My #1 goal in doing mentoring sessions is to help people learn how to critique their own songs…
I’m trying to work my way out of a job, in a sense. If writers learn to critique their own work, then they don’t depend on me or anyone else to tell them when their songs are “good”. Here are 6 questions to ask yourself if you want to learn how to critique your own work.
Does every line in my lyric point to my title?
The lyric will be strongest if the answer is “yes”. If every line in your lyric points to the title, then you have likely set the title up well and stayed on topic.
Is my melody memorable?
If you keep forgetting what the melody is, that’s a bad sign. If you can’t get it out of your head, that’s a good one.
Can the listener keep up with my song chronologically?
If you jump back in forth in time, the song gets confusing. Make sure the listener can follow along with the timeline going on in the song if the song is not about one moment in time.
Are my pronouns clear?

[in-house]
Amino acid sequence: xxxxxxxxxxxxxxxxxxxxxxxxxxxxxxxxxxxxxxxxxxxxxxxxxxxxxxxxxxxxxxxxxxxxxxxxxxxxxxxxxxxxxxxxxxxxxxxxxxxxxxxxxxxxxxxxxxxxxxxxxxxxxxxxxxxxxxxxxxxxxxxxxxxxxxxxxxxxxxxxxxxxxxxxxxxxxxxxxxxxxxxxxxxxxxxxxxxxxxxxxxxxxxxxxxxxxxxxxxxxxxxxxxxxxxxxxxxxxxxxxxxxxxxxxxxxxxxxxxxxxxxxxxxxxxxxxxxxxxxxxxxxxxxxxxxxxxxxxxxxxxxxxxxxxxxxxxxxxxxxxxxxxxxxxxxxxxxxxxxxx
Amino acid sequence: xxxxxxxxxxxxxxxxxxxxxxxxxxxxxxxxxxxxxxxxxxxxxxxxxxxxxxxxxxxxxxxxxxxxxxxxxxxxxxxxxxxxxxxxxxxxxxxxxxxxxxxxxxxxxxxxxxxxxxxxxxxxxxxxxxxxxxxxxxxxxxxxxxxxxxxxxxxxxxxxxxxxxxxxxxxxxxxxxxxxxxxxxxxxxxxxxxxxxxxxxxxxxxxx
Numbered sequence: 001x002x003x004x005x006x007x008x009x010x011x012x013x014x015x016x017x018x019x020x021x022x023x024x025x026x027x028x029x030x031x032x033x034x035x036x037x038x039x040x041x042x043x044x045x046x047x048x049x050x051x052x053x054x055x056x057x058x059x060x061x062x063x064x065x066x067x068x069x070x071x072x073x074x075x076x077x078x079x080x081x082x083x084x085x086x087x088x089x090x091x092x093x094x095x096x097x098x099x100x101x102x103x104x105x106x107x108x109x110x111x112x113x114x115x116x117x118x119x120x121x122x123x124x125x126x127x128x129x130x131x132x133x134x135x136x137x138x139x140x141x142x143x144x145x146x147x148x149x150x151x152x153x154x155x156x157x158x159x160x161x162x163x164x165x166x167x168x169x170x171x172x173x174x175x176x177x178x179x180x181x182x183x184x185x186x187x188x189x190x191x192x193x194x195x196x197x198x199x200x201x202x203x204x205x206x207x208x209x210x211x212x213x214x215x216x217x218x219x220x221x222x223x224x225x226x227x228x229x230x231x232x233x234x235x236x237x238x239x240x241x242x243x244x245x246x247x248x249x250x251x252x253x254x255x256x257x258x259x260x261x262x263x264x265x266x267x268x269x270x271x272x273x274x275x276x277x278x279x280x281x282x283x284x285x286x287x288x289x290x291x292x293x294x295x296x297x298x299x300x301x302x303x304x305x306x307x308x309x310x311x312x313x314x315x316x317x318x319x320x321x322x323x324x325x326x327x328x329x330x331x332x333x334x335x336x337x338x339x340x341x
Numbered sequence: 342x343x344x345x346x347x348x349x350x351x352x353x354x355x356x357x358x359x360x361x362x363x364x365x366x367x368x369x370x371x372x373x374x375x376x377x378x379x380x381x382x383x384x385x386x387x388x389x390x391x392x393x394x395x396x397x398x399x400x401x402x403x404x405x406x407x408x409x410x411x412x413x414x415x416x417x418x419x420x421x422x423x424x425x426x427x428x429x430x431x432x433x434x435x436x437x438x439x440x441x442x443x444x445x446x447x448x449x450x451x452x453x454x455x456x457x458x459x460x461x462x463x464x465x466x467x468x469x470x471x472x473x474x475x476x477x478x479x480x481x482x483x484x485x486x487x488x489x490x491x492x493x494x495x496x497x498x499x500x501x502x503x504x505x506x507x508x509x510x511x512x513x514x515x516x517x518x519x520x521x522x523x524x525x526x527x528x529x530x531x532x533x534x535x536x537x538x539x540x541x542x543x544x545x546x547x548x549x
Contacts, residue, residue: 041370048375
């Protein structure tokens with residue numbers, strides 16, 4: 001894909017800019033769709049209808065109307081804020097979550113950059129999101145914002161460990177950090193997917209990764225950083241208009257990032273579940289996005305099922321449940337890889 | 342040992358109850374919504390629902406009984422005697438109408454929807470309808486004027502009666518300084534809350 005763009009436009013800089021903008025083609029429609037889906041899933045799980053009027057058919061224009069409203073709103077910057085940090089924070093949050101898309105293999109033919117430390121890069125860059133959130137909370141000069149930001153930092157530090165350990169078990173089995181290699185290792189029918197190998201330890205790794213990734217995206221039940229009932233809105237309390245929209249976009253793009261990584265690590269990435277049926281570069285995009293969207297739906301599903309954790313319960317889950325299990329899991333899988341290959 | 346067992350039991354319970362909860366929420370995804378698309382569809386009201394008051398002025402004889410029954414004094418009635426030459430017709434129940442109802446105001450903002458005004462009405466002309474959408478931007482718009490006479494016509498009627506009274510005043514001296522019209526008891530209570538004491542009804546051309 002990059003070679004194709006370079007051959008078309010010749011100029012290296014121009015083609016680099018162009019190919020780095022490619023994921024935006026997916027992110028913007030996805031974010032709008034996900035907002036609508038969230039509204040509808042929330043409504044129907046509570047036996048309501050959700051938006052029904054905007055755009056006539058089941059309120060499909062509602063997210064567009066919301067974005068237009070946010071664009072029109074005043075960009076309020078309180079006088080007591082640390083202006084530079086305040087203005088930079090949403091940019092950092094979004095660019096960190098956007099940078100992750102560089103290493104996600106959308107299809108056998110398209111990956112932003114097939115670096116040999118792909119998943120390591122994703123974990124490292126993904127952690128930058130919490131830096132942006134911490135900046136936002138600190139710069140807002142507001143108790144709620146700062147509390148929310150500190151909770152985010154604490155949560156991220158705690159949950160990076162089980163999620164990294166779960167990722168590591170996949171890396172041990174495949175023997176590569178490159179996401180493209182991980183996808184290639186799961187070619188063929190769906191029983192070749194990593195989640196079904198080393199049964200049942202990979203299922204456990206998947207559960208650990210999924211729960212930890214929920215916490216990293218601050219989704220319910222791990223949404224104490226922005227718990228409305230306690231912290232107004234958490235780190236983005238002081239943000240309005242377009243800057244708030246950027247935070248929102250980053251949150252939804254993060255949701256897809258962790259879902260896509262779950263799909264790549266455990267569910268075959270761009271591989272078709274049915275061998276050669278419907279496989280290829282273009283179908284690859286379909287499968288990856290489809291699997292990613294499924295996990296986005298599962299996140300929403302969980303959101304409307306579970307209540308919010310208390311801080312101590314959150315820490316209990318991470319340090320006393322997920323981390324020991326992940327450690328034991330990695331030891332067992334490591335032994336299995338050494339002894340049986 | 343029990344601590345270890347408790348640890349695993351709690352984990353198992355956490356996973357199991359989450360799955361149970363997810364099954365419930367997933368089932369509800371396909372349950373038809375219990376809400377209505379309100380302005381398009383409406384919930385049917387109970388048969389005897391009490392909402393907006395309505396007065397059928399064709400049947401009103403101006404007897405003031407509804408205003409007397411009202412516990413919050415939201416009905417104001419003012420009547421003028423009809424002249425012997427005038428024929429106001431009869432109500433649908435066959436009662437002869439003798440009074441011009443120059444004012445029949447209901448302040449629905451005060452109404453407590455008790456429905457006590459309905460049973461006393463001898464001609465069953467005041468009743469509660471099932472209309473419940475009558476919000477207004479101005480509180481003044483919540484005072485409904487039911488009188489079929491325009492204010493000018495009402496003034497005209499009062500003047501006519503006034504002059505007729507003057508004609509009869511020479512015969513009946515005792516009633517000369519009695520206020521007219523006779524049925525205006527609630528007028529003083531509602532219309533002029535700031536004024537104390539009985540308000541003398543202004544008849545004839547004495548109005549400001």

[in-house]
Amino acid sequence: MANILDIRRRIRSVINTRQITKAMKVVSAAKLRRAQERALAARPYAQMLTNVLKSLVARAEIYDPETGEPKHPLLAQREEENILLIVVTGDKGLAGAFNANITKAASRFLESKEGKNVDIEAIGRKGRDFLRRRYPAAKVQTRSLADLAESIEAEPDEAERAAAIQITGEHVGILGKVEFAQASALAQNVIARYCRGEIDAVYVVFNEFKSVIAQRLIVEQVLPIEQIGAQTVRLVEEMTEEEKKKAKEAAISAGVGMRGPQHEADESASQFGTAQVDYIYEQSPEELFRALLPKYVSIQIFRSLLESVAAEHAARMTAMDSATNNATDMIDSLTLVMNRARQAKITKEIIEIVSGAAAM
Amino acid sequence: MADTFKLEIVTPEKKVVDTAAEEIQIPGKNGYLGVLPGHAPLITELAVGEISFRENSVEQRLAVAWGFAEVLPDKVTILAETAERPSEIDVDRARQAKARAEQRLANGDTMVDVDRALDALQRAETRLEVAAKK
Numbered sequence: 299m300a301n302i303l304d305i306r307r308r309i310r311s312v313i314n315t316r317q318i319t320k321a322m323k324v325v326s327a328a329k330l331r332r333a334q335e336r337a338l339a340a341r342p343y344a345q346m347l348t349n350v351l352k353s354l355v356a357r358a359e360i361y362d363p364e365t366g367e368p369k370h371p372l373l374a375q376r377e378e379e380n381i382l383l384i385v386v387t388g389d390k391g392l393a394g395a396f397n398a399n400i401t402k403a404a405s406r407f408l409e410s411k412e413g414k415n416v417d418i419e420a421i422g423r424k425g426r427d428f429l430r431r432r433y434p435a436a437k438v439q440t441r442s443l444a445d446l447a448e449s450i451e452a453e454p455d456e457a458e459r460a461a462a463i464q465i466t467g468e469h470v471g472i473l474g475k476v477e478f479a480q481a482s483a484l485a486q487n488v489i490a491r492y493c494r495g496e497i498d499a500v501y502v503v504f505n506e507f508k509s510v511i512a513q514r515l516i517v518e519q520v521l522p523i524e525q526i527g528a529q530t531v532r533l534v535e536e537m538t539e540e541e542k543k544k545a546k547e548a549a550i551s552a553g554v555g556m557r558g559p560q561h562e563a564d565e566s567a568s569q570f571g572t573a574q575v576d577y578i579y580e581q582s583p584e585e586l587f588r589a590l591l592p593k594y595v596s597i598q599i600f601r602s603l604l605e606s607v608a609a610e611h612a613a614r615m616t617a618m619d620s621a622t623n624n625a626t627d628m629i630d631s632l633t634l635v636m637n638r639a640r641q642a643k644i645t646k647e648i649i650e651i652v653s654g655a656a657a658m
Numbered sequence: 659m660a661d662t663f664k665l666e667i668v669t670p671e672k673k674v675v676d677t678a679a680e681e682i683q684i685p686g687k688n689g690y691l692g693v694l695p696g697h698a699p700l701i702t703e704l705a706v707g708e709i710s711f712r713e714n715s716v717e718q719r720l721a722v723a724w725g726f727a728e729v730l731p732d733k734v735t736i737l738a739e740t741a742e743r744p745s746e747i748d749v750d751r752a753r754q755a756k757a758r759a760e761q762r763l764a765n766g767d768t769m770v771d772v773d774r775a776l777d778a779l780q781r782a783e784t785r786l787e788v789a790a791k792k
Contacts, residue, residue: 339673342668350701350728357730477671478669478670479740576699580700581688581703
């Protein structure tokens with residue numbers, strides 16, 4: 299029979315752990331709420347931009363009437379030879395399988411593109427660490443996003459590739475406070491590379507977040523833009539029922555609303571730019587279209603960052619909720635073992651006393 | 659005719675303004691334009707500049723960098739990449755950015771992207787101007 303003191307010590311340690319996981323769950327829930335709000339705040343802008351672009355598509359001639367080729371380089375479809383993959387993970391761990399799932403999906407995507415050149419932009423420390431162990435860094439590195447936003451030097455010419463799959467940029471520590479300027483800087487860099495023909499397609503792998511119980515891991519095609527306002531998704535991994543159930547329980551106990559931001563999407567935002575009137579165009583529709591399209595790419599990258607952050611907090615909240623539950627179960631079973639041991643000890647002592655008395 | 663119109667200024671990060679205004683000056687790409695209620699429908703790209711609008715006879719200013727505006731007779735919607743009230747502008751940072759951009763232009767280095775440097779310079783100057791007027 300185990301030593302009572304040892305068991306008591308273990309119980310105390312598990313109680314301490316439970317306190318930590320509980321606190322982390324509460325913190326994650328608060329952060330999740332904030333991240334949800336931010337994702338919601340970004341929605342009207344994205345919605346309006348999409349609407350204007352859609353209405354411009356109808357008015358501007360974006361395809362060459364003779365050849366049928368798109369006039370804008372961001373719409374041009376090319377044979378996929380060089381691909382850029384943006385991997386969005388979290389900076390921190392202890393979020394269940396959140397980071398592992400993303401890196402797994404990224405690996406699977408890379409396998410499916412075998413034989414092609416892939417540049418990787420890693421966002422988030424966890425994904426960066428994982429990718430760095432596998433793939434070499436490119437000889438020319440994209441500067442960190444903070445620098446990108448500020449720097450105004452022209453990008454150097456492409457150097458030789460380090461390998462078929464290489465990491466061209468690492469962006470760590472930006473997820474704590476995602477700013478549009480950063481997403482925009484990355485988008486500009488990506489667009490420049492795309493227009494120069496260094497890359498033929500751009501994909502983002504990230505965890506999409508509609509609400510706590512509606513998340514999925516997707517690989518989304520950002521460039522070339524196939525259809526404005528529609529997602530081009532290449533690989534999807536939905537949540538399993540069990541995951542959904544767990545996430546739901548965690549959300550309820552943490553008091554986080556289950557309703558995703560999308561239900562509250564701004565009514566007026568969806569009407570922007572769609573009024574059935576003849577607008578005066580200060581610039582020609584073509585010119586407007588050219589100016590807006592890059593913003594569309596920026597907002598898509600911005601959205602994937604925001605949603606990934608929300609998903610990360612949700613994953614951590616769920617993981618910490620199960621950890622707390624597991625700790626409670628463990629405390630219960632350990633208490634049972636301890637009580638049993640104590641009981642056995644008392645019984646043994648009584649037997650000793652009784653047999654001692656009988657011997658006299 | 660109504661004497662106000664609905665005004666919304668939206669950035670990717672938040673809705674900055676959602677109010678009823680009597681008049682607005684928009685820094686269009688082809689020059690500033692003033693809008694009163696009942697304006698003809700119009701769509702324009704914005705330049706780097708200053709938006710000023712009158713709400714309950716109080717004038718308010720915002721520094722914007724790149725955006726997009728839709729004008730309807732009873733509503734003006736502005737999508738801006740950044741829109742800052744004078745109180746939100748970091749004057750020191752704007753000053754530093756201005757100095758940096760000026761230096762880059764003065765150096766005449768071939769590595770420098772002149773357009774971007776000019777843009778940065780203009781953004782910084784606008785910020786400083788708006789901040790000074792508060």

This is one of the big mistakes I see. Make sure all of your pronouns are clear, especially if there are several “she’s” or “he’s” in the song.
Did I use “throw away lines” to get a rhyme?
This is the most common error I see. There will be a great line and the line that rhymes with it is horrible. Make sure your rhyming lines are as good as the line they rhyme WITH and you’ll make your song much stronger.
Are there any lines that make me cringe when I play the song for someone?
If you are honest with yourself, you know what the weak lines are in your song. Fix those and you’ll make your song better every time. Ask those simple questions after every write and you’ll be well on your way to learning to critique your own songs! Write on! Marty
Co-Founder Songtown Songwriter/Producer/Student of Writing